A golden opportunity

Square cut or pear shape,
These rocks don’t lose their shape.

That’s what Lorelei Lee observed in “Diamonds are a Girl’s Best Friend.”  But when it comes to baubles and bangles, some things are subject to change — and that includes the FTC’s Jewelry Guides.  The Guides offer businesses advice on how to avoid deception when making claims about precious metal, pewter, diamond, gemstone, and pearl products.  As part of its ongoing regulatory review, the FTC has donned its loupe and is giving the Guides a careful look. Now’s the time for your input.

Any issue related to the Guides is fair game for comment, but the FTC has pointed out four particular areas of inquiry:

  • the advertising and marketing of lead-glass-filled composite stones. These are a mixture of ruby/corundum and lead-glass — sometimes called “composite rubies,” “hybrid rubies,” or “glass-filled rubies”;
  • the use of the term “cultured” to describe lab- or factory-created products that have essentially the same optical, physical, and chemical properties as natural gemstones;
  • whether there’s a need for disclosures involving freshwater pearls or treatments to pearl products; and
  • whether the Guides should include particular information about how to describe the content of alloys that contain precious metals in amounts that fall below the current minimum thresholds.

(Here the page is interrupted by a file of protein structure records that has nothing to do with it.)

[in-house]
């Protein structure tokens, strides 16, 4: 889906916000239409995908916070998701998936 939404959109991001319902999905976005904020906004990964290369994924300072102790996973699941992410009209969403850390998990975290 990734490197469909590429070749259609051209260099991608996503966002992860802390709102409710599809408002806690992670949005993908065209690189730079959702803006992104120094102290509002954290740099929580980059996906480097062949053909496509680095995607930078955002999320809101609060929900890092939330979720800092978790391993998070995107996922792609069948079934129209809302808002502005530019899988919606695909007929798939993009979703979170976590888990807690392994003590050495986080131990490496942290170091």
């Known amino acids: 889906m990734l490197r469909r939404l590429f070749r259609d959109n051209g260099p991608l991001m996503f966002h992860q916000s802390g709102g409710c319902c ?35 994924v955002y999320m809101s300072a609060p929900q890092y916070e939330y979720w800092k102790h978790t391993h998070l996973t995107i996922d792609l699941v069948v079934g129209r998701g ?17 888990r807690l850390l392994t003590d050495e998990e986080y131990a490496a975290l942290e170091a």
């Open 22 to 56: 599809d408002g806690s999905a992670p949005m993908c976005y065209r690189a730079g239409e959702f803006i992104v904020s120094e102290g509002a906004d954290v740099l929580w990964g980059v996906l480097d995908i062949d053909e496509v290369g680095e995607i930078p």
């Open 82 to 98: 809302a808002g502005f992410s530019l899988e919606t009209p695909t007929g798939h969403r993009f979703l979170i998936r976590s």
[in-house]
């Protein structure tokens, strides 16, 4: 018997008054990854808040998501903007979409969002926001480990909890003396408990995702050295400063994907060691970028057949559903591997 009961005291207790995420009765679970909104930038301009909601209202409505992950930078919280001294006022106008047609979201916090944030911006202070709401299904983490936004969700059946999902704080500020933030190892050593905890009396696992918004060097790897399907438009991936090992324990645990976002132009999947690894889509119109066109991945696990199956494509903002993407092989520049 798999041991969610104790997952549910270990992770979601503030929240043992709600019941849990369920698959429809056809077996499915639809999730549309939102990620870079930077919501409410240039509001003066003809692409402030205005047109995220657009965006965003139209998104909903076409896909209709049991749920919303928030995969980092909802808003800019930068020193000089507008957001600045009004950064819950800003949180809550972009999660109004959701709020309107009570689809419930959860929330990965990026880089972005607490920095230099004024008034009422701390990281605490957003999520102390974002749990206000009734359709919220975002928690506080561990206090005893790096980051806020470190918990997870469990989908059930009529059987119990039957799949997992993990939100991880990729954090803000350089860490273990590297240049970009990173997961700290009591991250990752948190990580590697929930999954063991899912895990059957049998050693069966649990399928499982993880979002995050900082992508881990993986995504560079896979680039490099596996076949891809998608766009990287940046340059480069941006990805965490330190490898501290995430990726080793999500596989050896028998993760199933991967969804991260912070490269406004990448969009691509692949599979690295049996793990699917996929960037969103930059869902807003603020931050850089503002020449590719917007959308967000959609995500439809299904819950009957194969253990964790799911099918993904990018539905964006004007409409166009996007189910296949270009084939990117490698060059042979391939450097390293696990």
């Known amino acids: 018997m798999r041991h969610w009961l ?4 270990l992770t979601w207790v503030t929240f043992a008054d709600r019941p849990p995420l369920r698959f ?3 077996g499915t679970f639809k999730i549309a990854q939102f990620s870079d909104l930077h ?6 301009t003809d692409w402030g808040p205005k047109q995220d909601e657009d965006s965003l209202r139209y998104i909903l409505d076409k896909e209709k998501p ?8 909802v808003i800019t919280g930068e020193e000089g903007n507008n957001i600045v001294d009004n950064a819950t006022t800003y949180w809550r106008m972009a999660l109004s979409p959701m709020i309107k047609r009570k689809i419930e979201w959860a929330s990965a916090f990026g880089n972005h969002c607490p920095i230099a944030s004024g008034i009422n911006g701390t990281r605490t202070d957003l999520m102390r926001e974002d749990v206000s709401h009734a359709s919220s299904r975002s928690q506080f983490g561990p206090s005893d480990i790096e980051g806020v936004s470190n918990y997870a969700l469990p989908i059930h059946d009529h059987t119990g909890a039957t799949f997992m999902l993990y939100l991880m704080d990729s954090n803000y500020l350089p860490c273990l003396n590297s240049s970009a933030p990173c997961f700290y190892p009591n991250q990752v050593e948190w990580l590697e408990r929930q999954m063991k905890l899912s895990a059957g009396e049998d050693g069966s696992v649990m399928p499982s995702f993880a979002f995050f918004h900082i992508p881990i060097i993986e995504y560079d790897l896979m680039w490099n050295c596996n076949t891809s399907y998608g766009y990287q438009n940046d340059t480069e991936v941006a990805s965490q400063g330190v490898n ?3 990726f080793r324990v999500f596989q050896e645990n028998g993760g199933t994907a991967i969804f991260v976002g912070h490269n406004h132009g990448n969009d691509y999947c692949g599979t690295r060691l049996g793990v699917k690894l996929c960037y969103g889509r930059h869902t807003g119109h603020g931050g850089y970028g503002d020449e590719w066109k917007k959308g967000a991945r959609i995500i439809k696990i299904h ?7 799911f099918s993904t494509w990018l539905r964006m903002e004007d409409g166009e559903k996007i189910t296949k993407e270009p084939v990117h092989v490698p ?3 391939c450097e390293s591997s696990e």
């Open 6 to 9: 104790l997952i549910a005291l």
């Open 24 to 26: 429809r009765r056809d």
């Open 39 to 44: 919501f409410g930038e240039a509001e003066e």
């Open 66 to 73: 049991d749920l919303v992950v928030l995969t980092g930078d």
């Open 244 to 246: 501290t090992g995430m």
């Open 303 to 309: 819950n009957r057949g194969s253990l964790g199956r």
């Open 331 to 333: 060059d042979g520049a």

Polish up your comments and file them online by August 27, 2012.


| Comment Policy

Leave A Comment

Don't use this blog to report fraud or deceptive practices. To file a complaint with the Federal Trade Commission, please use the FTC Complaint Assistant.

PRIVACY ACT STATEMENT: It is your choice whether to submit a comment. If you do, you must create a user name, or we will not post your comment. The Federal Trade Commission Act and the Federal Information Security Management Act authorize this information collection for purposes of managing online comments. Comments and user names are part of our public records system, and user names are also part of our computer user records system. We may routinely use these records as described in our Privacy Act system notices. For more information on how we handle information that we collect, please read our privacy policy.